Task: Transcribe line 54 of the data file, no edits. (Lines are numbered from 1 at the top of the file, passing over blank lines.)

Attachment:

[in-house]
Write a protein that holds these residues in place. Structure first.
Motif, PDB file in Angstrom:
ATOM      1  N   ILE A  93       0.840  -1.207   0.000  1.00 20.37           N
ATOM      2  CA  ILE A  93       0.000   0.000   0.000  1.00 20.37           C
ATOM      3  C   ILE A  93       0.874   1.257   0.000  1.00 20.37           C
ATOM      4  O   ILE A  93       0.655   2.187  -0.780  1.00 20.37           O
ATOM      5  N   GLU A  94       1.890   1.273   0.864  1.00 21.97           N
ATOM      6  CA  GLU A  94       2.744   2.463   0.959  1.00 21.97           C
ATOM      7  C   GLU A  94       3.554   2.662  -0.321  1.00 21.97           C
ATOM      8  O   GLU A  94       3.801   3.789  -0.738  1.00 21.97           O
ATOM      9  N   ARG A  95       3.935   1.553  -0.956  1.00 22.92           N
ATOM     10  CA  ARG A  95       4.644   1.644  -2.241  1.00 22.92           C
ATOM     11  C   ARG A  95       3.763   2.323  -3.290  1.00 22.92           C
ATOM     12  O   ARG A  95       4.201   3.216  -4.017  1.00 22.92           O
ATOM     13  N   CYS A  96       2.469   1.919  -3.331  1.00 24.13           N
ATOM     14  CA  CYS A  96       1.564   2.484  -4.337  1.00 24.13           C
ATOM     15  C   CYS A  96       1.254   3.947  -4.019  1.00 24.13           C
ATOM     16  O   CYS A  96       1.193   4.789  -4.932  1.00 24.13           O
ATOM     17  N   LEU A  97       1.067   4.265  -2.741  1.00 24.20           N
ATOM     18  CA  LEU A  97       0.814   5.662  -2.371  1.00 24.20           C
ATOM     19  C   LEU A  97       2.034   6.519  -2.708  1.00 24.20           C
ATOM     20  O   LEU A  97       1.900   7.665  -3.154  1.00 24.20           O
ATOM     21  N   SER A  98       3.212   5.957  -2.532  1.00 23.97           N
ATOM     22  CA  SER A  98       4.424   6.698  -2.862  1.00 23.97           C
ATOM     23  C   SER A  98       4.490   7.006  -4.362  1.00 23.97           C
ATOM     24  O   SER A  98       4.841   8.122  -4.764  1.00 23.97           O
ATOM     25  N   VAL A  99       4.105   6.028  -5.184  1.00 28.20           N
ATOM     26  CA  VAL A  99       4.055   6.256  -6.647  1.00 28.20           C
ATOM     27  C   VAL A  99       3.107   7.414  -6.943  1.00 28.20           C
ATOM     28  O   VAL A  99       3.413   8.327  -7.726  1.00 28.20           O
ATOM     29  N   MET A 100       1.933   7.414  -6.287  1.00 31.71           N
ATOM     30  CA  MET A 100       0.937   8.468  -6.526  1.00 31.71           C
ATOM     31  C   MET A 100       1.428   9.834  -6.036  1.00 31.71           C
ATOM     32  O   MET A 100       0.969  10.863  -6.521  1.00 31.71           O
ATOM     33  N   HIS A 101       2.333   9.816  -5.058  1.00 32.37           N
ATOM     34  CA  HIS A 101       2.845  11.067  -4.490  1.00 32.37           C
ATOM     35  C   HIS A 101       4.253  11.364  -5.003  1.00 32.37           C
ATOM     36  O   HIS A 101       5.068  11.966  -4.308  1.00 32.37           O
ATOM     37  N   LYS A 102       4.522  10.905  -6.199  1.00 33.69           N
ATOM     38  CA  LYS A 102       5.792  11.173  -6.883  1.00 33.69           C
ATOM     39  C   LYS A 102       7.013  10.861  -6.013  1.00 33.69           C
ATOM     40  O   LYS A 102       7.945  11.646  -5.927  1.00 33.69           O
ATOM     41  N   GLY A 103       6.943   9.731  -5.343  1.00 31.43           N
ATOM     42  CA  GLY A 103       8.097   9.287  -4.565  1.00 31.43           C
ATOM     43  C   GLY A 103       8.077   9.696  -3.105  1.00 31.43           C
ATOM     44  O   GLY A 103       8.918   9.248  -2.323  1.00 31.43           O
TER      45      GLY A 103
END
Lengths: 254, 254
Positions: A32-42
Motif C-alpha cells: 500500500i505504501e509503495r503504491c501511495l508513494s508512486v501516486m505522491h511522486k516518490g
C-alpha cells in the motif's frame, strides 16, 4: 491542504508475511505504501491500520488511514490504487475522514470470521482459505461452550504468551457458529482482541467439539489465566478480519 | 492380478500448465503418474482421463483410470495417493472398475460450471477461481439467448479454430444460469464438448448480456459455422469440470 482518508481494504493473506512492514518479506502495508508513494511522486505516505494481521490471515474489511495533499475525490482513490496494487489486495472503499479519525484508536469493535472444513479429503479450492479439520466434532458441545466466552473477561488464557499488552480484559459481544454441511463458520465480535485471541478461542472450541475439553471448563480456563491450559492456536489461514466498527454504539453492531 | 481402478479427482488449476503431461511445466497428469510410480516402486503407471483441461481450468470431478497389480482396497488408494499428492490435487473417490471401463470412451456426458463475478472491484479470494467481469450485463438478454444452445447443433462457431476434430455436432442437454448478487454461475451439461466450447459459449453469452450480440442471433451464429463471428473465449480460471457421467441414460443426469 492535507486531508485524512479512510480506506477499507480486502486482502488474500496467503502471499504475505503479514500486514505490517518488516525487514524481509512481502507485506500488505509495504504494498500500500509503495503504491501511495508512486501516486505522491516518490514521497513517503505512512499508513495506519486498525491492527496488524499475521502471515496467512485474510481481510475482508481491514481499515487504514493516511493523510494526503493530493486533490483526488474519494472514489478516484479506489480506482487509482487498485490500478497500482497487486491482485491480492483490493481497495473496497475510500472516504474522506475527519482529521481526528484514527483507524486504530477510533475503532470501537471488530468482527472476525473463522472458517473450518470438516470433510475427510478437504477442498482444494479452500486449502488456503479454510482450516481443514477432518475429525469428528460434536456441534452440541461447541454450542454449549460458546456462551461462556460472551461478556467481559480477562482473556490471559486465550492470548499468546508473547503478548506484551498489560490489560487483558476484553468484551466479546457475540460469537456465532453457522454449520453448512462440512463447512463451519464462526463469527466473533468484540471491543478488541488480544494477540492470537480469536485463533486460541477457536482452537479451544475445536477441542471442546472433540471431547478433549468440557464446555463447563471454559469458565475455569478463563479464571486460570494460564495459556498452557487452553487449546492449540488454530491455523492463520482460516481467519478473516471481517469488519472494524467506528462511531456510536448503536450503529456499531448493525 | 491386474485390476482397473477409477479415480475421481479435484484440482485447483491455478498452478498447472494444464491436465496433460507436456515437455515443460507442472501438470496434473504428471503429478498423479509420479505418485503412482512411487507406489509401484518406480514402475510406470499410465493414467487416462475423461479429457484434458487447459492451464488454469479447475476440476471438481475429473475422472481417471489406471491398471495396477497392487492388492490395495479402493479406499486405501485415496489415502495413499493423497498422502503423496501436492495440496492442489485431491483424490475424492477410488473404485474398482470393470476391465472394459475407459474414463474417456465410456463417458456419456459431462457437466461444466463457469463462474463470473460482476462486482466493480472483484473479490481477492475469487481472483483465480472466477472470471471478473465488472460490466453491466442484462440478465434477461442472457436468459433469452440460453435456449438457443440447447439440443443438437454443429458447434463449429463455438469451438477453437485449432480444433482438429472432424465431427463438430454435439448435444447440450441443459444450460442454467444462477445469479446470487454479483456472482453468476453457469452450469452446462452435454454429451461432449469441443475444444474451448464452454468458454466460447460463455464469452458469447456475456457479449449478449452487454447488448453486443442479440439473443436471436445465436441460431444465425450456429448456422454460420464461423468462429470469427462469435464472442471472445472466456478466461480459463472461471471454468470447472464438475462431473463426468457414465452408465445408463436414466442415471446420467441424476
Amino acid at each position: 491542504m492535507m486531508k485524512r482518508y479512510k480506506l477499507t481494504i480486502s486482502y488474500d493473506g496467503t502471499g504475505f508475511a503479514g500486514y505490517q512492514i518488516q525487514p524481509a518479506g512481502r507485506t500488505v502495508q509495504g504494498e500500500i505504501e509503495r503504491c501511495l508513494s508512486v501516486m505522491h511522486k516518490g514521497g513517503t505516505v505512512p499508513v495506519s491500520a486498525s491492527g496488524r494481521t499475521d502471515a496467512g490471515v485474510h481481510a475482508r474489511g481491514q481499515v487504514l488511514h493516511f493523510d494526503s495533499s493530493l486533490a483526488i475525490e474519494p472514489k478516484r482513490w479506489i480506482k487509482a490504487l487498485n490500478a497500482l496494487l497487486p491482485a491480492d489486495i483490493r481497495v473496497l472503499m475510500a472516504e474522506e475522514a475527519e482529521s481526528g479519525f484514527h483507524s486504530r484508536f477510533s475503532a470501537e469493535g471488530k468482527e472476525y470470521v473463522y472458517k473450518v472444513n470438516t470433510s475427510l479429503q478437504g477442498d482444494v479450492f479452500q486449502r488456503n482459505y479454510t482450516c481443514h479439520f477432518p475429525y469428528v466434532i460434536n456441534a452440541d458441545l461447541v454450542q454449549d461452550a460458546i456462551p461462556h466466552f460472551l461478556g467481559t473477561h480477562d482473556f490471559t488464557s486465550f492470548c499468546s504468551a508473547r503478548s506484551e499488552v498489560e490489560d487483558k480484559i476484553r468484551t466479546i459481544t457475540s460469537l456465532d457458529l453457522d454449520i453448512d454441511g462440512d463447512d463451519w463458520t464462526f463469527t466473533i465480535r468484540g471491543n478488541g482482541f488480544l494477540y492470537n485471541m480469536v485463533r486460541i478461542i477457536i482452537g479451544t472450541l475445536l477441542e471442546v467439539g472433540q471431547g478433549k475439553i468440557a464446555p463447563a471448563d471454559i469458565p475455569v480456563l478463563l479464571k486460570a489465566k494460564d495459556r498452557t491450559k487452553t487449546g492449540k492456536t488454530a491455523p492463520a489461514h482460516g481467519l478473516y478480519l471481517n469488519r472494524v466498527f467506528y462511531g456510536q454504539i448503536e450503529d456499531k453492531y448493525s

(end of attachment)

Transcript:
Amino acid at each position: 491542504m492535507m486531508k485524512r482518508y479512510k480506506l477499507t481494504i480486502s486482502y488474500d493473506g496467503t502471499g504475505f508475511a503479514g500486514y505490517q512492514i518488516q525487514p524481509a518479506g512481502r507485506t500488505v502495508q509495504g504494498e500500500i505504501e509503495r503504491c501511495l508513494s508512486v501516486m505522491h511522486k516518490g514521497g513517503t505516505v505512512p499508513v495506519s491500520a486498525s491492527g496488524r494481521t499475521d502471515a496467512g490471515v485474510h481481510a475482508r474489511g481491514q481499515v487504514l488511514h493516511f493523510d494526503s495533499s493530493l486533490a483526488i475525490e474519494p472514489k478516484r482513490w479506489i480506482k487509482a490504487l487498485n490500478a497500482l496494487l497487486p491482485a491480492d489486495i483490493r481497495v473496497l472503499m475510500a472516504e474522506e475522514a475527519e482529521s481526528g479519525f484514527h483507524s486504530r484508536f477510533s475503532a470501537e469493535g471488530k468482527e472476525y470470521v473463522y472458517k473450518v472444513n470438516t470433510s475427510l479429503q478437504g477442498d482444494v479450492f479452500q486449502r488456503n482459505y479454510t482450516c481443514h479439520f477432518p475429525y469428528v466434532i460434536n456441534a452440541d458441545l461447541v454450542q454449549d461452550a460458546i456462551p461462556h466466552f460472551l461478556g467481559t473477561h480477562d482473556f490471559t488464557s486465550f492470548c499468546s504468551a508473547r503478548s506484551e499488552v498489560e490489560d487483558k480484559i476484553r468484551t466479546i459481544t457475540s460469537l456465532d457458529l453457522d454449520i453448512d454441511g462440512d463447512d463451519w463458520t464462526f463469527t466473533i465480535r468484540g471491543n478488541g482482541f488480544l494477540y492470537n485471541m480469536v485463533r486460541i478461542i477457536i482452537g479451544t472450541l475445536l477441542e471442546v467439539g472433540q471431547g478433549k475439553i468440557a464446555p463447563a471448563d471454559i469458565p475455569v480456563l478463563l479464571k486460570a489465566k494460564d495459556r498452557t491450559k487452553t487449546g492449540k492456536t488454530a491455523p492463520a489461514h482460516g481467519l478473516y478480519l471481517n469488519r472494524v466498527f467506528y462511531g456510536q454504539i448503536e450503529d456499531k453492531y448493525s